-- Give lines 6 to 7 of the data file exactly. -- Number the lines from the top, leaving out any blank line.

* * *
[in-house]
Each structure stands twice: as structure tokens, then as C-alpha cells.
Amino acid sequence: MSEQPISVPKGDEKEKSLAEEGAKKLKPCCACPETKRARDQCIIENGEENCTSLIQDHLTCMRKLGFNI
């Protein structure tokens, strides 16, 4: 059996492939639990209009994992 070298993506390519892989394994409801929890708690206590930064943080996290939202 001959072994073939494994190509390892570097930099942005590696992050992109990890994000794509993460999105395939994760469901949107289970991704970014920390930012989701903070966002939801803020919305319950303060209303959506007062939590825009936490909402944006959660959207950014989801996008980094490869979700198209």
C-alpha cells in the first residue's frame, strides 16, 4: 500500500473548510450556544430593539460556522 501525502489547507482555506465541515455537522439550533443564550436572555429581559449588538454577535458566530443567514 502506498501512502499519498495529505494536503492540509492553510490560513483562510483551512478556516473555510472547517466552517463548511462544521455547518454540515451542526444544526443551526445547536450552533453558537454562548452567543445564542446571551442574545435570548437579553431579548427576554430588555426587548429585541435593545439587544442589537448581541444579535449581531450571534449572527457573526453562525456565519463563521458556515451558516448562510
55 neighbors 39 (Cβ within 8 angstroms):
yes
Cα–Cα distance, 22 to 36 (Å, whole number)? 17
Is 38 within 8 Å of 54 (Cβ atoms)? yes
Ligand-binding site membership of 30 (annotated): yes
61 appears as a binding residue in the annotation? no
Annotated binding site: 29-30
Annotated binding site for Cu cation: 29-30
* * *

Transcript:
55 neighbors 39 (Cβ within 8 angstroms):
yes